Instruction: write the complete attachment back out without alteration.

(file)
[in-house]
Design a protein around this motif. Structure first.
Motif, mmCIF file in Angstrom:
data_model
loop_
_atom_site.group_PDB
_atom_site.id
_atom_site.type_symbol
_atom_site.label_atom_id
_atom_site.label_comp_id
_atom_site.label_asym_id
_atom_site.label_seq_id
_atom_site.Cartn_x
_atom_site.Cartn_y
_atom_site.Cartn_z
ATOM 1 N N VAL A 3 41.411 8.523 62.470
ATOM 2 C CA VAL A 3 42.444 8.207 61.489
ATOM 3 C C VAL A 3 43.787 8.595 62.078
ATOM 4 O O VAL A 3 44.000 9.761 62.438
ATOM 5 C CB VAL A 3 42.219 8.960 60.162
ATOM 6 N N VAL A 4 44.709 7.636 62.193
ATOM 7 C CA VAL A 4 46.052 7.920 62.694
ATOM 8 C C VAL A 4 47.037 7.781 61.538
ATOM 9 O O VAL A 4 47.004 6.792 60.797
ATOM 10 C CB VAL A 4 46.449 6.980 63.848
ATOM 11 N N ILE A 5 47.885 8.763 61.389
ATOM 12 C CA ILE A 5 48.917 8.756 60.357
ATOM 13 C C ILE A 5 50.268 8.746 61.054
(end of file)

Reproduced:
[in-house]
Design a protein around this motif. Structure first.
Motif, mmCIF file in Angstrom:
data_model
loop_
_atom_site.group_PDB
_atom_site.id
_atom_site.type_symbol
_atom_site.label_atom_id
_atom_site.label_comp_id
_atom_site.label_asym_id
_atom_site.label_seq_id
_atom_site.Cartn_x
_atom_site.Cartn_y
_atom_site.Cartn_z
ATOM 1 N N VAL A 3 41.411 8.523 62.470
ATOM 2 C CA VAL A 3 42.444 8.207 61.489
ATOM 3 C C VAL A 3 43.787 8.595 62.078
ATOM 4 O O VAL A 3 44.000 9.761 62.438
ATOM 5 C CB VAL A 3 42.219 8.960 60.162
ATOM 6 N N VAL A 4 44.709 7.636 62.193
ATOM 7 C CA VAL A 4 46.052 7.920 62.694
ATOM 8 C C VAL A 4 47.037 7.781 61.538
ATOM 9 O O VAL A 4 47.004 6.792 60.797
ATOM 10 C CB VAL A 4 46.449 6.980 63.848
ATOM 11 N N ILE A 5 47.885 8.763 61.389
ATOM 12 C CA ILE A 5 48.917 8.756 60.357
ATOM 13 C C ILE A 5 50.268 8.746 61.054